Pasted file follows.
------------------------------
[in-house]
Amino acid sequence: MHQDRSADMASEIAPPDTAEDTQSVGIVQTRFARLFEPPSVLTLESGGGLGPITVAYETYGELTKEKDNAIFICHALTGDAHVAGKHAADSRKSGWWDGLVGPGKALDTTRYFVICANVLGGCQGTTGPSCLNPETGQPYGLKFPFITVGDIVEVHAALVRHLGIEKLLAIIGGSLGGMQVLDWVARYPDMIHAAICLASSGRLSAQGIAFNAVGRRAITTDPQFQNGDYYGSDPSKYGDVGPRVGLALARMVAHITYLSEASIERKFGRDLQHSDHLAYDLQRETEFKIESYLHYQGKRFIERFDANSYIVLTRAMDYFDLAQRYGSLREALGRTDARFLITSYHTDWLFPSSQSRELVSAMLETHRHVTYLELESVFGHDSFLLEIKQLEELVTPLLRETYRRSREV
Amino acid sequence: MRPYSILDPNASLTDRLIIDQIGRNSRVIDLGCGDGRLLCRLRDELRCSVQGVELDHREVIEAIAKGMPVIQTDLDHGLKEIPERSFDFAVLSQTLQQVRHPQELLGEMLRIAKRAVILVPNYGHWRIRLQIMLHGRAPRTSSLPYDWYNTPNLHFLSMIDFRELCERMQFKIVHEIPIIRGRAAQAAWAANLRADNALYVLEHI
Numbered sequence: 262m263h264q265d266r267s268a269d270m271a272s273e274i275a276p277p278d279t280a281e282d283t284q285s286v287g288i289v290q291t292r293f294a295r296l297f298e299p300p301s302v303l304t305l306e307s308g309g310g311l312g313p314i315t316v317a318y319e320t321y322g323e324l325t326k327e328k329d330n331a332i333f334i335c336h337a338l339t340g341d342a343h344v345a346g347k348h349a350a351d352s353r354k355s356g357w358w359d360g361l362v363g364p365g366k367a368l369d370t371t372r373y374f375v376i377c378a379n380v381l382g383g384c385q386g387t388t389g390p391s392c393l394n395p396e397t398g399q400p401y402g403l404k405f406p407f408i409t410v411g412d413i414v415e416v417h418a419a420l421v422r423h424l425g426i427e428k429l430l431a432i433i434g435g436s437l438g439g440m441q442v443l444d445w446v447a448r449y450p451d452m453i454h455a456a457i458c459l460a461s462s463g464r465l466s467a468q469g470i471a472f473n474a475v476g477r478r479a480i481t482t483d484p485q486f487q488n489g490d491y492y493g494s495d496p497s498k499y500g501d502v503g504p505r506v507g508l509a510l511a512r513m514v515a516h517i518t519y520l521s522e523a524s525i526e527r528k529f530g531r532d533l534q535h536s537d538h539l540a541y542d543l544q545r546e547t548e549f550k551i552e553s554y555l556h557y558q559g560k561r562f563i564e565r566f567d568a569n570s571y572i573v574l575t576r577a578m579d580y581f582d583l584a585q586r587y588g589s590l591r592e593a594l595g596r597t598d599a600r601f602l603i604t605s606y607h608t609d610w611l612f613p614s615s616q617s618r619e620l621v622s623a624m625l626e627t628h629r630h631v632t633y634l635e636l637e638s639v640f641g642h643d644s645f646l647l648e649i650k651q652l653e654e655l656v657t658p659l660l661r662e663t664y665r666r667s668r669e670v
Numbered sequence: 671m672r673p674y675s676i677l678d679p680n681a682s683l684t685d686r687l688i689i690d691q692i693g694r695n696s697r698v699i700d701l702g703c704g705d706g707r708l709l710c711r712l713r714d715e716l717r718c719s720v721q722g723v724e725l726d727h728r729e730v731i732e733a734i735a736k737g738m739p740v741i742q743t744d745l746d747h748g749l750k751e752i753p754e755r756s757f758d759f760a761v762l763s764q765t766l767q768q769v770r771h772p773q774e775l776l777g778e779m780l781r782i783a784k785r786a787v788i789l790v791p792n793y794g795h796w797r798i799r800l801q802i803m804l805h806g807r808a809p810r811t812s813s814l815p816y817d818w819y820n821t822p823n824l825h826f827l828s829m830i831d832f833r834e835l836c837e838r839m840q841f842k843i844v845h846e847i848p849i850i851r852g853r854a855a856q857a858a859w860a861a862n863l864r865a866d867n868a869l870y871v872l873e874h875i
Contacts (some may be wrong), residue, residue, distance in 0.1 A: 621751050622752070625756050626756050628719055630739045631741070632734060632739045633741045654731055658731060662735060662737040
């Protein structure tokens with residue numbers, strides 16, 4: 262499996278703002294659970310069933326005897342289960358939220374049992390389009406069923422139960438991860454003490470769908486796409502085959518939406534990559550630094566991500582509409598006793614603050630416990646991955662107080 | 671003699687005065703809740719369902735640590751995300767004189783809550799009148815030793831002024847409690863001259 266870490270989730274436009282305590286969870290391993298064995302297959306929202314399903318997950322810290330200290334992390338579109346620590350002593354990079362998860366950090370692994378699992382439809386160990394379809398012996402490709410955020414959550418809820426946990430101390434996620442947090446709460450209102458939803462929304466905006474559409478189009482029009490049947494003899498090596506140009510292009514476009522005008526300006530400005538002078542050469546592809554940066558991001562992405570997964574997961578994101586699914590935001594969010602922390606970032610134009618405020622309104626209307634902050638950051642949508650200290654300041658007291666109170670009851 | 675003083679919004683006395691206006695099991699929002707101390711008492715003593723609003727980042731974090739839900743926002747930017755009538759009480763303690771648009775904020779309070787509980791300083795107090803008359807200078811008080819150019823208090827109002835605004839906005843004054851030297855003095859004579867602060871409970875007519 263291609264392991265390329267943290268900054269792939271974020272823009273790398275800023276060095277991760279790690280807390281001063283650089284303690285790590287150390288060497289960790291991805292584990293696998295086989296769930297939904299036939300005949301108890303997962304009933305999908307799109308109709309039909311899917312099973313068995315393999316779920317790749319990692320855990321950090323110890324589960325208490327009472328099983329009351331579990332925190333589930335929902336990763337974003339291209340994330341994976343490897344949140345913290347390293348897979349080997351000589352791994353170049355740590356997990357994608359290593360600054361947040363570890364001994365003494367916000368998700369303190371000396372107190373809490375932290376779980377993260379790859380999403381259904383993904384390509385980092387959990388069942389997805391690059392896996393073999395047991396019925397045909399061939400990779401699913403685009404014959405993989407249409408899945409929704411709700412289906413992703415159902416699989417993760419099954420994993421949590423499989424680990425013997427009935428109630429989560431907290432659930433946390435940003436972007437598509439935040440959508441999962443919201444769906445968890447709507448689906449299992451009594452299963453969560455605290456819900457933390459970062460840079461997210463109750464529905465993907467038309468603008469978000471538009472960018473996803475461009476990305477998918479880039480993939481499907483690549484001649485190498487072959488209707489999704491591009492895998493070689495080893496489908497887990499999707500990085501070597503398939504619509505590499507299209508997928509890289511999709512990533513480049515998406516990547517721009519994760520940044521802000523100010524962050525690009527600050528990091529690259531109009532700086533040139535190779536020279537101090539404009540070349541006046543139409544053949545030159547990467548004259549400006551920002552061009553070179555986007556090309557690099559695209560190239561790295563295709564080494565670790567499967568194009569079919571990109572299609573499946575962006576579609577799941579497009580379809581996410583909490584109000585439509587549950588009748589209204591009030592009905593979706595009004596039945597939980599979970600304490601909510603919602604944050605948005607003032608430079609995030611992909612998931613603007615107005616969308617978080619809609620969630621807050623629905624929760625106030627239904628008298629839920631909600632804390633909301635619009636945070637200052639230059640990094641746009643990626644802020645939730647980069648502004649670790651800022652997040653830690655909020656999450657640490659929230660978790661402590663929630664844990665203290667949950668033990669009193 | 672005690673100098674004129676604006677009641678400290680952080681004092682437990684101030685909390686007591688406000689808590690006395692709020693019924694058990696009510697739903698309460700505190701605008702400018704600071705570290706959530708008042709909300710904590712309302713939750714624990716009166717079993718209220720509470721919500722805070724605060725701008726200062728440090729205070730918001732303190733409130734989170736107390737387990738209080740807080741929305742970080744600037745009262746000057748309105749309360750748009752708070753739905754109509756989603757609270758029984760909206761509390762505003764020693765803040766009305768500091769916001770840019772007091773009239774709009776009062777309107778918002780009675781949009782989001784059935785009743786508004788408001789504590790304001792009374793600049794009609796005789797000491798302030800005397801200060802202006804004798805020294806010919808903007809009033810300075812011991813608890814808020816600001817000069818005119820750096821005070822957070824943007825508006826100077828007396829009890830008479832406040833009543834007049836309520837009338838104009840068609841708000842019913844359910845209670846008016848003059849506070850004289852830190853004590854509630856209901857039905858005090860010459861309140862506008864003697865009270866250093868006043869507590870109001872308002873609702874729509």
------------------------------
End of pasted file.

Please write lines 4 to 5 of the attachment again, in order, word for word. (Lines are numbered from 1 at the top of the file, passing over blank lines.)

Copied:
Numbered sequence: 262m263h264q265d266r267s268a269d270m271a272s273e274i275a276p277p278d279t280a281e282d283t284q285s286v287g288i289v290q291t292r293f294a295r296l297f298e299p300p301s302v303l304t305l306e307s308g309g310g311l312g313p314i315t316v317a318y319e320t321y322g323e324l325t326k327e328k329d330n331a332i333f334i335c336h337a338l339t340g341d342a343h344v345a346g347k348h349a350a351d352s353r354k355s356g357w358w359d360g361l362v363g364p365g366k367a368l369d370t371t372r373y374f375v376i377c378a379n380v381l382g383g384c385q386g387t388t389g390p391s392c393l394n395p396e397t398g399q400p401y402g403l404k405f406p407f408i409t410v411g412d413i414v415e416v417h418a419a420l421v422r423h424l425g426i427e428k429l430l431a432i433i434g435g436s437l438g439g440m441q442v443l444d445w446v447a448r449y450p451d452m453i454h455a456a457i458c459l460a461s462s463g464r465l466s467a468q469g470i471a472f473n474a475v476g477r478r479a480i481t482t483d484p485q486f487q488n489g490d491y492y493g494s495d496p497s498k499y500g501d502v503g504p505r506v507g508l509a510l511a512r513m514v515a516h517i518t519y520l521s522e523a524s525i526e527r528k529f530g531r532d533l534q535h536s537d538h539l540a541y542d543l544q545r546e547t548e549f550k551i552e553s554y555l556h557y558q559g560k561r562f563i564e565r566f567d568a569n570s571y572i573v574l575t576r577a578m579d580y581f582d583l584a585q586r587y588g589s590l591r592e593a594l595g596r597t598d599a600r601f602l603i604t605s606y607h608t609d610w611l612f613p614s615s616q617s618r619e620l621v622s623a624m625l626e627t628h629r630h631v632t633y634l635e636l637e638s639v640f641g642h643d644s645f646l647l648e649i650k651q652l653e654e655l656v657t658p659l660l661r662e663t664y665r666r667s668r669e670v
Numbered sequence: 671m672r673p674y675s676i677l678d679p680n681a682s683l684t685d686r687l688i689i690d691q692i693g694r695n696s697r698v699i700d701l702g703c704g705d706g707r708l709l710c711r712l713r714d715e716l717r718c719s720v721q722g723v724e725l726d727h728r729e730v731i732e733a734i735a736k737g738m739p740v741i742q743t744d745l746d747h748g749l750k751e752i753p754e755r756s757f758d759f760a761v762l763s764q765t766l767q768q769v770r771h772p773q774e775l776l777g778e779m780l781r782i783a784k785r786a787v788i789l790v791p792n793y794g795h796w797r798i799r800l801q802i803m804l805h806g807r808a809p810r811t812s813s814l815p816y817d818w819y820n821t822p823n824l825h826f827l828s829m830i831d832f833r834e835l836c837e838r839m840q841f842k843i844v845h846e847i848p849i850i851r852g853r854a855a856q857a858a859w860a861a862n863l864r865a866d867n868a869l870y871v872l873e874h875i